Seagrass Recovery Following Marine Heat Wave Influences Sediment Carbon Stocks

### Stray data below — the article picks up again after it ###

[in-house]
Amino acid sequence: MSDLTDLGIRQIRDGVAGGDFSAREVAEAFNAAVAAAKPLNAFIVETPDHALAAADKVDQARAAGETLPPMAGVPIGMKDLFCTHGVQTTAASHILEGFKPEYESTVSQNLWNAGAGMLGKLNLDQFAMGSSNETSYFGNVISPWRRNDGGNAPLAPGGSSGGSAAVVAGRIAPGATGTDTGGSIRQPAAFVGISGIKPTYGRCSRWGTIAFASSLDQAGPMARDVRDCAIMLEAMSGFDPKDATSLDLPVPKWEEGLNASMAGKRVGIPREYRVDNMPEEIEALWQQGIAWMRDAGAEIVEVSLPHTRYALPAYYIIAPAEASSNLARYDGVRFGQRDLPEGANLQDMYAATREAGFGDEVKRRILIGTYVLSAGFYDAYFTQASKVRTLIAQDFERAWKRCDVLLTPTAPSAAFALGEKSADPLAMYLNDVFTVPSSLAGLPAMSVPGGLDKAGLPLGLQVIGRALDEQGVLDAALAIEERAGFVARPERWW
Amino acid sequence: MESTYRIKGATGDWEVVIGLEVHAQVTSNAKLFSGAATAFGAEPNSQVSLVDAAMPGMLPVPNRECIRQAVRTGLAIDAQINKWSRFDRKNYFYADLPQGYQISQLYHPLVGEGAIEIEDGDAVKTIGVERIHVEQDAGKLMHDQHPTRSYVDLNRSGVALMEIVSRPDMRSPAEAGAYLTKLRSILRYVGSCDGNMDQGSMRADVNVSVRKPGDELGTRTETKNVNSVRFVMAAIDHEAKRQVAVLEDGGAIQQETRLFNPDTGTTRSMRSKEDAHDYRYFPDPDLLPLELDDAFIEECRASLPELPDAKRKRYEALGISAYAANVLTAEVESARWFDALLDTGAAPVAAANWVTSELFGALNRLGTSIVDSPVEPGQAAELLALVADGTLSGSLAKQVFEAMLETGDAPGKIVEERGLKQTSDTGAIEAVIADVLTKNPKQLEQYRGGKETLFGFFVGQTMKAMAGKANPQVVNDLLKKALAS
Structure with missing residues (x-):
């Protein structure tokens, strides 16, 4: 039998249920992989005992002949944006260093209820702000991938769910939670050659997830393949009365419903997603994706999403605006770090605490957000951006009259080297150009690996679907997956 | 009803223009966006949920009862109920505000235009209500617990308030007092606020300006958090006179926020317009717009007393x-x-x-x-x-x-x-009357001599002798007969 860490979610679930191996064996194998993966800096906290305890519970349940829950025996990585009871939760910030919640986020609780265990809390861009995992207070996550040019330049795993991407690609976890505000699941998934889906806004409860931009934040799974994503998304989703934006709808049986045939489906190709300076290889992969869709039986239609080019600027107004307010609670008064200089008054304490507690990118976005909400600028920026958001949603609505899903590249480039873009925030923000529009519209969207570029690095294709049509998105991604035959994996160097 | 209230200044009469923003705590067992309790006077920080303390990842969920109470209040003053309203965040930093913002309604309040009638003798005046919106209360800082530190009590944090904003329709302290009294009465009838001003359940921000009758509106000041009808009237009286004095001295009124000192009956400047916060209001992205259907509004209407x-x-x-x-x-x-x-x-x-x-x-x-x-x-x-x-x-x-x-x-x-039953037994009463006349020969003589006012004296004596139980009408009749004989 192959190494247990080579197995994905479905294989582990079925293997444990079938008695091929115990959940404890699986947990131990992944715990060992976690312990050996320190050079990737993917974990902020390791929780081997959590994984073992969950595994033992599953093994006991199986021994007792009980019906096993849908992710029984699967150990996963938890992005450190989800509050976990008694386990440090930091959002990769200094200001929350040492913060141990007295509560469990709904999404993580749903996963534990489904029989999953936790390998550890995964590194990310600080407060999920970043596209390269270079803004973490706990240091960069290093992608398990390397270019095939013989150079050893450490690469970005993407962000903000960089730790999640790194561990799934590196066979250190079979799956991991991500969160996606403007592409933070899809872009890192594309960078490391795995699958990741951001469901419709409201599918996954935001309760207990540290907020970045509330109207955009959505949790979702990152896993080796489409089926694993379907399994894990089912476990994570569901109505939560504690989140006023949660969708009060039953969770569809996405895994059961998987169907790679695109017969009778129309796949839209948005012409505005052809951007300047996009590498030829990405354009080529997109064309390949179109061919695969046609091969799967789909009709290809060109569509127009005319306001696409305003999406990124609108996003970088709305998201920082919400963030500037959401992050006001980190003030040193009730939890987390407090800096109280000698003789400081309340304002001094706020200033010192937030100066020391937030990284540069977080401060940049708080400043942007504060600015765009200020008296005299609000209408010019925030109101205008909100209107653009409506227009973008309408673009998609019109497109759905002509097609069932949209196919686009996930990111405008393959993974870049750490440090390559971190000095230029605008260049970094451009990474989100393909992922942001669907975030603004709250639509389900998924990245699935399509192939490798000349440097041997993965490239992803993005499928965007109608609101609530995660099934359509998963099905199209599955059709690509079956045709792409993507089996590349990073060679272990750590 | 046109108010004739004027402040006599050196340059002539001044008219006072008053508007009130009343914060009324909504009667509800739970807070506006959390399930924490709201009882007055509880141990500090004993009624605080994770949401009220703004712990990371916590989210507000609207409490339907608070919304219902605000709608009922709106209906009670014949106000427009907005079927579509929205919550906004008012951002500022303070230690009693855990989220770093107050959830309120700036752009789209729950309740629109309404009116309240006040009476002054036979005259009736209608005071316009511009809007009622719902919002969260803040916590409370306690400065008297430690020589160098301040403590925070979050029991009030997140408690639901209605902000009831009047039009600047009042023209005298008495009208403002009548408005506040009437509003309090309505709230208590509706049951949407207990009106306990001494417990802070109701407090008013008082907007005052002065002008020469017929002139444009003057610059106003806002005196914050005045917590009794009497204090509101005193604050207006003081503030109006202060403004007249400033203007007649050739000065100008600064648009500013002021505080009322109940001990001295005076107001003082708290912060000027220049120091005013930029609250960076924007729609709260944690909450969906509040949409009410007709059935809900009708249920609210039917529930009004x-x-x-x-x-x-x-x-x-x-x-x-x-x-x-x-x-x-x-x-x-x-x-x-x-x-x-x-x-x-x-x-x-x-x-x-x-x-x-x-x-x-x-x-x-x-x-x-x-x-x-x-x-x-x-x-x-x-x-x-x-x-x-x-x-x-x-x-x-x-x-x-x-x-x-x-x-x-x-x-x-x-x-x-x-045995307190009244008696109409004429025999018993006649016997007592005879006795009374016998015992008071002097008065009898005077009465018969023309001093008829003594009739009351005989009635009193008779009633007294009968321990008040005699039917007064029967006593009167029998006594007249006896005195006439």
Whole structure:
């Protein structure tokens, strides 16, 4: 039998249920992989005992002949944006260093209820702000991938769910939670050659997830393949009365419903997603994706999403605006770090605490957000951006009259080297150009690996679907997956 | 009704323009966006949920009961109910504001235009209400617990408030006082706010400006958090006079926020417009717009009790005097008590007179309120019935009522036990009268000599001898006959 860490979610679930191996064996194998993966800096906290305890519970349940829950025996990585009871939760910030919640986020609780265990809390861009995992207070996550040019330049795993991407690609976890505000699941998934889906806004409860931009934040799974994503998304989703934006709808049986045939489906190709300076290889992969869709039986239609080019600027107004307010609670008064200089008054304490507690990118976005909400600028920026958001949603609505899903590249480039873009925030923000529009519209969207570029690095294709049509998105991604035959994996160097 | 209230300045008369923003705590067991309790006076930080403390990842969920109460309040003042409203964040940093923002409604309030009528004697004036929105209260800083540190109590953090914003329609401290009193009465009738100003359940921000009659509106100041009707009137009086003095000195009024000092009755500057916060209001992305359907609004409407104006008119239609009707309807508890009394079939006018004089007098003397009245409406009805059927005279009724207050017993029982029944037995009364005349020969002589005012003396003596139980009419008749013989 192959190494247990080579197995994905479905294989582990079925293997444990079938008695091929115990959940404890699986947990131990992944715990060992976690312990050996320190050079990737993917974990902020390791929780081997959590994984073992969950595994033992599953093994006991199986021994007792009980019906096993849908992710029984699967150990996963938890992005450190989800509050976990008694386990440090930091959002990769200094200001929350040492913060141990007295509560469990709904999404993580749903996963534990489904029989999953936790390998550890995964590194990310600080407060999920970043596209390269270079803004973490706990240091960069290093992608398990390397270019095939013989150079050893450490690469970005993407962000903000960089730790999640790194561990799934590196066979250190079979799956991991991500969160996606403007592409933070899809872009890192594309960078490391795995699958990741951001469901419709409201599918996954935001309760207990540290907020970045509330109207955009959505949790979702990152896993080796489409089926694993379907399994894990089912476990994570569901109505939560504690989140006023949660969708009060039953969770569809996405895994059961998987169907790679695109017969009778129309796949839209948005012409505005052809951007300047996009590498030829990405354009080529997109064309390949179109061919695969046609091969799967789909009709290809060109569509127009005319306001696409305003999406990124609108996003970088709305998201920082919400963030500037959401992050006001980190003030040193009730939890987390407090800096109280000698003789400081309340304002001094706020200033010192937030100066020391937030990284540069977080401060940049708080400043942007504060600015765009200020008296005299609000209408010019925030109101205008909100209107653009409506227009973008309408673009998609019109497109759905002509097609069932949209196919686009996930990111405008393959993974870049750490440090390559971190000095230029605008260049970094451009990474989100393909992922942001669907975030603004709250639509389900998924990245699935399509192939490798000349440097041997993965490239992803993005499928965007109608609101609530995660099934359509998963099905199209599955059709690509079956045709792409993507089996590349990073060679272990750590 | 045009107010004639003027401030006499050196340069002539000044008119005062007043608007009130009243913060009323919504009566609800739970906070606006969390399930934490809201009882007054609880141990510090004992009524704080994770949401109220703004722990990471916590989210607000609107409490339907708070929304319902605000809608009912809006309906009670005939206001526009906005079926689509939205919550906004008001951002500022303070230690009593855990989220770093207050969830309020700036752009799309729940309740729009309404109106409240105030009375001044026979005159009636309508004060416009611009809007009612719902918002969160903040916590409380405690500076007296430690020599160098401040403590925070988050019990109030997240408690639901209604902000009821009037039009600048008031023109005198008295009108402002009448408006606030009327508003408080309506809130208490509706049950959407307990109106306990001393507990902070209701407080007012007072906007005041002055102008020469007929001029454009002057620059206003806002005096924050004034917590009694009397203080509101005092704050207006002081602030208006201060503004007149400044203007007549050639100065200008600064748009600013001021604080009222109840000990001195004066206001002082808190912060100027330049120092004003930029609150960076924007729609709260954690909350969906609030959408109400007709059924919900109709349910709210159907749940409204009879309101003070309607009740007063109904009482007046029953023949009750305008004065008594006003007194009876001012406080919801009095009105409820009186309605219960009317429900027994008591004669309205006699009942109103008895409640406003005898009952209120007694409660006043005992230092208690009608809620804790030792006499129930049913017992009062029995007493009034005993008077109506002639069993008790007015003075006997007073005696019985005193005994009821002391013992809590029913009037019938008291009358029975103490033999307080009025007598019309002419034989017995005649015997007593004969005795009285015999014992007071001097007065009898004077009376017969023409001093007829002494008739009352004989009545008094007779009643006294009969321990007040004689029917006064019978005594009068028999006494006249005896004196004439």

Worldwide, seagrass meadows accumulate significant stocks of organic carbon (C), known as “blue” carbon, which can remain buried for decades to centuries. However, when seagrass meadows are disturbed, these C stocks may be remineralized, leading to significant CO2 emissions. Increasing ocean temperatures, and increasing frequency and severity of heat waves, threaten seagrass meadows and their sediment blue C. To date, no study has directly measured the impact of seagrass declines from high temperatures on sediment C stocks. Here, we use a long-term record of sediment C stocks from a 7-km2, restored eelgrass (Zostera marina) meadow to show that seagrass dieback following a single marine heat wave (MHW) led to significant losses of sediment C. Patterns of sediment C loss and re-accumulation lagged patterns of seagrass recovery. Sediment C losses were concentrated within the central area of the meadow, where sites experienced extreme shoot density declines of 90% during the MHW and net losses of 20% of sediment C over the following 3 years. However, this effect was not uniform; outer meadow sites showed little evidence of shoot declines during the MHW and had net increases of 60% of sediment C over the following 3 years. Overall, sites with higher seagrass recovery maintained 1.7x as much C compared to sites with lower recovery. Our study demonstrates that while seagrass blue C is vulnerable to MHWs, localization of seagrass loss can prevent meadow-wide C losses. Long-term (decadal and beyond) stability of seagrass blue C depends on seagrass resilience to short-term disturbance events.